15 JUNE 2009
Odette Salem was a mother whose two children disappeared during the Lebanese civil war. For twenty-four
years, night and day, she looked for them everywhere. Like 17,000 others, no one would account for them. Politicians
from varied factions initially paid lip service, then they stopped bothering. Only Odette kept waiting for her son
and daughter to come home. She kept their rooms untouched to remind her of their scent. She never changed the linen to
preserve their touch. She even cooked their favourite meals just in case they suddenly showed up -- hungry and
nostalgic for Mamma's food.
She joined other helpless, desperate mothers. They stood vigil outside U.N. Headquarters in Beirut asking anyone who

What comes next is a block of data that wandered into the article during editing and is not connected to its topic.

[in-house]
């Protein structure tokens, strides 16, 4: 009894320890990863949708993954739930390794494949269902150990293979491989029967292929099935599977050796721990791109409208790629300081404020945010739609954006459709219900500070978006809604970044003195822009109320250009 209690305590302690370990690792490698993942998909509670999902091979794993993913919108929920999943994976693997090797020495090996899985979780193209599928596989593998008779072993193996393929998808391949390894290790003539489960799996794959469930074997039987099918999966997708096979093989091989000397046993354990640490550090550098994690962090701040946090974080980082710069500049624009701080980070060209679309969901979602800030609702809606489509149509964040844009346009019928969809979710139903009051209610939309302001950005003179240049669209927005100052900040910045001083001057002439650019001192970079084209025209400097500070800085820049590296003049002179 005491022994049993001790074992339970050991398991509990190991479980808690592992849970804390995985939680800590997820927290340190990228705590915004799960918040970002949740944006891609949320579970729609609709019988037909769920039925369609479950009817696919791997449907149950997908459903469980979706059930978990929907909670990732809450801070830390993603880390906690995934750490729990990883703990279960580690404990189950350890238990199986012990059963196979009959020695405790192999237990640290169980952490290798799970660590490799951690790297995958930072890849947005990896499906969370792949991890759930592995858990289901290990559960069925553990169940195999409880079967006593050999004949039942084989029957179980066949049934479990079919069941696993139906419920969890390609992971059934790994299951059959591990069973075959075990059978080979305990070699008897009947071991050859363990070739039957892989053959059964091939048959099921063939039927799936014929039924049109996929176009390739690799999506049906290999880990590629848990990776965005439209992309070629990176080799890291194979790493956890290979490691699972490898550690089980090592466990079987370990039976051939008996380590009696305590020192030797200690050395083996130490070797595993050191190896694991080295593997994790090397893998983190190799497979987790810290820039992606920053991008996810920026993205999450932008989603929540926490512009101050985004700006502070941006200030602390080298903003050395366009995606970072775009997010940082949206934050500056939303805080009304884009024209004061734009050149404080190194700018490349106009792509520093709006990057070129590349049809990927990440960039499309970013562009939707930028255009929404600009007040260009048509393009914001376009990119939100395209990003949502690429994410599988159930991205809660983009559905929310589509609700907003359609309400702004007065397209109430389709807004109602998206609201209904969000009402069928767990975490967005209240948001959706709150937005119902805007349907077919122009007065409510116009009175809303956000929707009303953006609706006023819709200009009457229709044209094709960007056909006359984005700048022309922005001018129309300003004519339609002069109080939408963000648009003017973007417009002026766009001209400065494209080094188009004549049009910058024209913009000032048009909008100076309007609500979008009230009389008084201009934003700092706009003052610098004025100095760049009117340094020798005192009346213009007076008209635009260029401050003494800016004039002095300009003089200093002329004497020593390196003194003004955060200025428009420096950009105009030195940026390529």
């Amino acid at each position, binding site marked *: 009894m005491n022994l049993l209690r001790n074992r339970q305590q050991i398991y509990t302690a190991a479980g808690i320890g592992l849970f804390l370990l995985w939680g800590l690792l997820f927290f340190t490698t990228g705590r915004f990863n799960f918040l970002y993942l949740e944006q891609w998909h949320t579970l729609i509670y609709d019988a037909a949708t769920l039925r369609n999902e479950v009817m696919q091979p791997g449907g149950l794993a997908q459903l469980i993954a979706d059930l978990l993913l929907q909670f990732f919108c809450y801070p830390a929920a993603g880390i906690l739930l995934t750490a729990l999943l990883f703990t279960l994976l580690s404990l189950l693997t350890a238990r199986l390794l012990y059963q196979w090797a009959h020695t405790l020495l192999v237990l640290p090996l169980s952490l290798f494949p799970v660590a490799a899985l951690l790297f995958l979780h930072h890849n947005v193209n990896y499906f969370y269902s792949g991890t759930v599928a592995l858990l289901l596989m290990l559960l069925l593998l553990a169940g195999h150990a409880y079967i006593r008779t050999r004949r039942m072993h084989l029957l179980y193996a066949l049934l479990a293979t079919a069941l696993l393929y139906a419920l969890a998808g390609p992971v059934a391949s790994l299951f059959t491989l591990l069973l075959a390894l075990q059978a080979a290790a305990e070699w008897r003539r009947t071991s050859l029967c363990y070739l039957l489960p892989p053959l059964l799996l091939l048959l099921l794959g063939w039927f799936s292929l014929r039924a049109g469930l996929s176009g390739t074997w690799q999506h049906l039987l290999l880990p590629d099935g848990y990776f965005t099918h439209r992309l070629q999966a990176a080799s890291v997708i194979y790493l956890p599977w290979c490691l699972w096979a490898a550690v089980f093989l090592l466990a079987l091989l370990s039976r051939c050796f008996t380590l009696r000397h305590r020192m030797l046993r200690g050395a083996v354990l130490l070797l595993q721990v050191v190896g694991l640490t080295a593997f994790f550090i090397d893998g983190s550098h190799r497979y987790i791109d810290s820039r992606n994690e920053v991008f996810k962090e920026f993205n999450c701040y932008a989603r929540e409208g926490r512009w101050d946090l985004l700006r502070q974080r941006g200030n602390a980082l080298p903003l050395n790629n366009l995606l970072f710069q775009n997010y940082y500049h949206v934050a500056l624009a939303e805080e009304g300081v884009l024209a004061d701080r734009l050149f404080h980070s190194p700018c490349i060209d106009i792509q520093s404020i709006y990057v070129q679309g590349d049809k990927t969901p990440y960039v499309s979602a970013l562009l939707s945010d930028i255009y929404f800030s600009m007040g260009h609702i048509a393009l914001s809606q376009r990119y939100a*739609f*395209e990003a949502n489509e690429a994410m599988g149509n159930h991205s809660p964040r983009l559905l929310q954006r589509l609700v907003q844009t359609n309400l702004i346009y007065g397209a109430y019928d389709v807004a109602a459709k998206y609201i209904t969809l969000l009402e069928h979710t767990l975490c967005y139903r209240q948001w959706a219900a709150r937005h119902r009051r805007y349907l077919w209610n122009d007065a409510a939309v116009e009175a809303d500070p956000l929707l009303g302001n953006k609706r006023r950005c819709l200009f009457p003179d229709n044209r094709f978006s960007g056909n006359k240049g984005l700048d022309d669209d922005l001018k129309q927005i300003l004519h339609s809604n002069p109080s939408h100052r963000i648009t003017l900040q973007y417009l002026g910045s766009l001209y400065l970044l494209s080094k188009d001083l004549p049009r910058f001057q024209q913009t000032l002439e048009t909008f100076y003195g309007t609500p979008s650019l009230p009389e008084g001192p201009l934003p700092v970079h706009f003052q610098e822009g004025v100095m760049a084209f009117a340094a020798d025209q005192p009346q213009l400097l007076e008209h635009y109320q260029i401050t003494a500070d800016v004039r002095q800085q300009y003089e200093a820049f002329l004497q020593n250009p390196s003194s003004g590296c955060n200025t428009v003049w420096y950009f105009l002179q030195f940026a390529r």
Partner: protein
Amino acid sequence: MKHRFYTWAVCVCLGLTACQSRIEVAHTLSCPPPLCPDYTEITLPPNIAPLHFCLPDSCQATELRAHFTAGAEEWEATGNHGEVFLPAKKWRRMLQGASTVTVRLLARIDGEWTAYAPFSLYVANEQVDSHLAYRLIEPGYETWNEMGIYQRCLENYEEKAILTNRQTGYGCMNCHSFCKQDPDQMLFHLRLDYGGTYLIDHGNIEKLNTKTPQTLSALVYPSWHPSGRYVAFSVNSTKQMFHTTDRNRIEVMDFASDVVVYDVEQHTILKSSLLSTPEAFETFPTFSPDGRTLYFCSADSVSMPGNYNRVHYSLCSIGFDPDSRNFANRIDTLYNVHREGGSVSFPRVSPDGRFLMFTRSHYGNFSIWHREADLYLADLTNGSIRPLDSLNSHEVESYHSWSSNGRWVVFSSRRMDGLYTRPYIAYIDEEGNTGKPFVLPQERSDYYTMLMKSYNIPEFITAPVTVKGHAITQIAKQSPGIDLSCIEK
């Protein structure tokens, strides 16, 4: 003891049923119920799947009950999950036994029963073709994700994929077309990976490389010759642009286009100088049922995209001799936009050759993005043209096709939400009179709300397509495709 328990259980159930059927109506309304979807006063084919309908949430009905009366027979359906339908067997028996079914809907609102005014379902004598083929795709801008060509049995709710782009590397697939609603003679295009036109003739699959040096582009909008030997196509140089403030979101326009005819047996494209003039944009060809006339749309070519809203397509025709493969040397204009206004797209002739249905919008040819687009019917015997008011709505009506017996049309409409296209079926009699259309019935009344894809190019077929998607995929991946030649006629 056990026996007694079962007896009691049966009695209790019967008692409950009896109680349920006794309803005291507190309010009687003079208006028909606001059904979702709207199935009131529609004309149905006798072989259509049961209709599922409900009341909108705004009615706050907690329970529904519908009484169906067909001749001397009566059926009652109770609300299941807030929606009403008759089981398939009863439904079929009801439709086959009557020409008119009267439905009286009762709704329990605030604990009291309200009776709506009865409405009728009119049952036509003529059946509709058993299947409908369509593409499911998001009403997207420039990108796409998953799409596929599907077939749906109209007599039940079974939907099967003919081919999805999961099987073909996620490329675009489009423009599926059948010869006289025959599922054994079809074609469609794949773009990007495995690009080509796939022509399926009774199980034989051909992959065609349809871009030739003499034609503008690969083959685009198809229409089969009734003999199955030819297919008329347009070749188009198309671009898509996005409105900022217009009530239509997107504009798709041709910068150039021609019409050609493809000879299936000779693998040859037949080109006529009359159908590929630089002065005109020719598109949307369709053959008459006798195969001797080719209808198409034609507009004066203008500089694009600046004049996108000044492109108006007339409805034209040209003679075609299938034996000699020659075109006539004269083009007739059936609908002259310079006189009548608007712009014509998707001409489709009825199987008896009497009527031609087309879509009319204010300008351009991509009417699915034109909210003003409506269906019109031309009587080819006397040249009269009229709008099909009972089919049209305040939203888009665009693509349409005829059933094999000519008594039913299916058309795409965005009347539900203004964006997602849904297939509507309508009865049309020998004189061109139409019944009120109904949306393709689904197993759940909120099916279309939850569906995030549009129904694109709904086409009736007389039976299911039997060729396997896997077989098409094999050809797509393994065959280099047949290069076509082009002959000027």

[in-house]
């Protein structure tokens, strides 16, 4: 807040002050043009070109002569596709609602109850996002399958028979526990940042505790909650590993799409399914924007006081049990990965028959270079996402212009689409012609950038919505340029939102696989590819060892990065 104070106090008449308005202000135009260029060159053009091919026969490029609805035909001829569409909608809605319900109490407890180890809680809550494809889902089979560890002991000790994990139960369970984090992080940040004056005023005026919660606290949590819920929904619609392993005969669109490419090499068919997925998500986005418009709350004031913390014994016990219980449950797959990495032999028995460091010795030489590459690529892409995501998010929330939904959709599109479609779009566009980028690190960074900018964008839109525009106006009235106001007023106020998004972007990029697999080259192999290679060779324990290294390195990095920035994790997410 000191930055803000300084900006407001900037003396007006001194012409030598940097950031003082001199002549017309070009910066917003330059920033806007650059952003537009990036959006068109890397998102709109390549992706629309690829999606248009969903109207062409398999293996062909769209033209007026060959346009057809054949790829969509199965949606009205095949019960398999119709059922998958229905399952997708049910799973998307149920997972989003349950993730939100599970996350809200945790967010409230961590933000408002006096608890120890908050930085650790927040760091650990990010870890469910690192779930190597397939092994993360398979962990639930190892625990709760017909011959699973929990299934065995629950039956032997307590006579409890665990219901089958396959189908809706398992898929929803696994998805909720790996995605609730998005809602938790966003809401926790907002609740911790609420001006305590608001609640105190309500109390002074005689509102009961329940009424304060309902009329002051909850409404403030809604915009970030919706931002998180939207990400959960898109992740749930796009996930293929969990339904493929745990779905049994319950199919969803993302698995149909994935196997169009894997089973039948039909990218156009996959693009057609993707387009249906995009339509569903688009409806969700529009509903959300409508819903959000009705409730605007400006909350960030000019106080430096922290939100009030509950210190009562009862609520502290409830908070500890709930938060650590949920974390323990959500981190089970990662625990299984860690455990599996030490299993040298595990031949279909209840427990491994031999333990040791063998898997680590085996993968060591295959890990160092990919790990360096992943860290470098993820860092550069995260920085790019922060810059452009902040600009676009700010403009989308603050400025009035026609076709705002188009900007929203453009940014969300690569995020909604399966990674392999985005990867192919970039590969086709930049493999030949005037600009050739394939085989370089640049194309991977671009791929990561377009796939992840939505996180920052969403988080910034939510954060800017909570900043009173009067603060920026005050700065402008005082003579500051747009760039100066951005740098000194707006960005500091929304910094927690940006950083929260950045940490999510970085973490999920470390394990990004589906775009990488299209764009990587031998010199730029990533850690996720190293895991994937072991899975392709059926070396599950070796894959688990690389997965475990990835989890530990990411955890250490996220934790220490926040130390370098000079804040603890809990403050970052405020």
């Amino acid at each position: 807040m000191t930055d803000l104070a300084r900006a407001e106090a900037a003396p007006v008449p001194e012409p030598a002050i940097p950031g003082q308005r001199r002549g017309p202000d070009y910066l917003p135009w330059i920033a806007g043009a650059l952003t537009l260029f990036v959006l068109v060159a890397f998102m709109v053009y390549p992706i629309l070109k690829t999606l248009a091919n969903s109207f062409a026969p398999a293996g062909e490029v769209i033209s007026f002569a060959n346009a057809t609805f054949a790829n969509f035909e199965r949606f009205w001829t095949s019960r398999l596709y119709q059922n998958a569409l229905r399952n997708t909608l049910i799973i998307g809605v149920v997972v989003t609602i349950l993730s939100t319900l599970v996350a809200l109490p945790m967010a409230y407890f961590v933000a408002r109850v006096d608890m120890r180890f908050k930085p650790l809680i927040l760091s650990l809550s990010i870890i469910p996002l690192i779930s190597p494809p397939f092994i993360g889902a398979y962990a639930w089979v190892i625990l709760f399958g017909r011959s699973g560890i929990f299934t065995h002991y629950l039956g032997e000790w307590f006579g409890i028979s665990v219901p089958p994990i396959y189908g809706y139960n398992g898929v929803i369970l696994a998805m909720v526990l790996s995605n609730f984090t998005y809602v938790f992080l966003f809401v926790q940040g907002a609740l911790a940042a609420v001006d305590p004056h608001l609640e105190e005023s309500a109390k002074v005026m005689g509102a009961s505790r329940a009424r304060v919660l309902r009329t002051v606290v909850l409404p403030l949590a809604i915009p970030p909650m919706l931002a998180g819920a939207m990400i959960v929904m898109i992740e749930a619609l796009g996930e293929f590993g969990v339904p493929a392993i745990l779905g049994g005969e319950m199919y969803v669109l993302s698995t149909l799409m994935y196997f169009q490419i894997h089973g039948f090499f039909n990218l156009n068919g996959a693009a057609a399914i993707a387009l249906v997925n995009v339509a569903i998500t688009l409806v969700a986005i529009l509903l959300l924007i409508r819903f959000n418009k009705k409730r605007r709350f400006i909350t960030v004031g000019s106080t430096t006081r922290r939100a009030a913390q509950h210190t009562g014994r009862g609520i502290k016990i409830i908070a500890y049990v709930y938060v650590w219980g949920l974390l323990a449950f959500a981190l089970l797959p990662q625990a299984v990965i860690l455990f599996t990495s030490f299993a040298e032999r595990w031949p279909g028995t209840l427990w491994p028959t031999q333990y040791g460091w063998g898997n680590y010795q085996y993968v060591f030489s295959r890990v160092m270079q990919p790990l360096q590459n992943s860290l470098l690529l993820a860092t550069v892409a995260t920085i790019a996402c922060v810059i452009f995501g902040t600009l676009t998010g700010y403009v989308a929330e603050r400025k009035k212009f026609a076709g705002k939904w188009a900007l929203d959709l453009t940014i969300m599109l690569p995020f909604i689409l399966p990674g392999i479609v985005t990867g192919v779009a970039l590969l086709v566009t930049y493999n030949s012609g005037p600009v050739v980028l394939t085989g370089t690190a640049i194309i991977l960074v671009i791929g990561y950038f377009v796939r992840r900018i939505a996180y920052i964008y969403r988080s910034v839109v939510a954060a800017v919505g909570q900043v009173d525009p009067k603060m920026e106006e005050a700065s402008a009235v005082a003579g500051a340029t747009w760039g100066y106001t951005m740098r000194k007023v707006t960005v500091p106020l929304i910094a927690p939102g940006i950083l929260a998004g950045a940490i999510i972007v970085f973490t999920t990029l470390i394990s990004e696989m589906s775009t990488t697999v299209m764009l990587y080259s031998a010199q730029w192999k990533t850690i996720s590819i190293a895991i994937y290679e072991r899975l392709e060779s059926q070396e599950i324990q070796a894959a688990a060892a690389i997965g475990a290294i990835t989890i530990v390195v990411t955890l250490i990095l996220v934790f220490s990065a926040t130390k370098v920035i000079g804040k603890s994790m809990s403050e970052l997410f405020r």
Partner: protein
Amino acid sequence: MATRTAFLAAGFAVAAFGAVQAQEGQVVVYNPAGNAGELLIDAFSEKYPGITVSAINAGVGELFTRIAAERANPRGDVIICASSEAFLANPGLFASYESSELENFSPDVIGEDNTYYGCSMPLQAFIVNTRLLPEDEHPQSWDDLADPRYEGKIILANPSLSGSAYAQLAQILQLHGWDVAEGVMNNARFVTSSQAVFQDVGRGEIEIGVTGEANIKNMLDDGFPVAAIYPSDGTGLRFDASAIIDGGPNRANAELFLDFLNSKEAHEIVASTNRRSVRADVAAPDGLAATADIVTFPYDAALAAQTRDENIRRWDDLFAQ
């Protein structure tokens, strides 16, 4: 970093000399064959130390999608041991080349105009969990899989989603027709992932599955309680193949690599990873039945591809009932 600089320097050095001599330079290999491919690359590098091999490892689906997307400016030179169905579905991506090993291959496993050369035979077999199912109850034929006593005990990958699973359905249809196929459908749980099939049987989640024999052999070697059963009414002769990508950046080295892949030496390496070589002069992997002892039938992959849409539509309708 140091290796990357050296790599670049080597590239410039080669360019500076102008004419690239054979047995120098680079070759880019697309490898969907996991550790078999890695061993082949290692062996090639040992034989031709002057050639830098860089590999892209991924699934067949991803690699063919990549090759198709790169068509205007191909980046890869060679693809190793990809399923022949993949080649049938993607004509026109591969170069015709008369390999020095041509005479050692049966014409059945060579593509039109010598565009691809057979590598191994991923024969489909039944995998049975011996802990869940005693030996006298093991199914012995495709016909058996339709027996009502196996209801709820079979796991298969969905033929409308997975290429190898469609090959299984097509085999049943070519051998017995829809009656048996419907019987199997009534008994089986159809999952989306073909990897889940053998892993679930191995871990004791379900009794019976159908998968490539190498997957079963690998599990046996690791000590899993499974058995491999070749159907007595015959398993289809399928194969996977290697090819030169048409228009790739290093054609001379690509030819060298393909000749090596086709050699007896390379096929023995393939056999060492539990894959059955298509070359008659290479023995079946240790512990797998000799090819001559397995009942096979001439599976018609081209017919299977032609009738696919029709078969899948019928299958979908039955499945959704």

would listen for help. Gracious, polite, even shy, they held photographs of loved ones -- sometimes waving them, often
hugging them close to their hearts. It was not their tears that broke one's heart; it was their inquisitive longing
expectant stare. Any U.N. visitor was considered a potential source of help, those important people -- the destitute
mothers thought -- will have a clue. On one occasion, they managed to meet an amenable U.N. Secretary General (Kofi
It was the Under-Secretaries General who were more difficult.
A mother's heart is an infinite treasure. Odette hugged me just because I mentioned her children's names. "Don't
forget them," she pleaded.
Odette was still waiting at that same street corner when a speeding car hit her in the dark. Her death passed
unnoticed. Only other desperate mothers in a desolate tent missed her.
Odette is no longer there to flag the names of Richard and Christina. Salem. We will.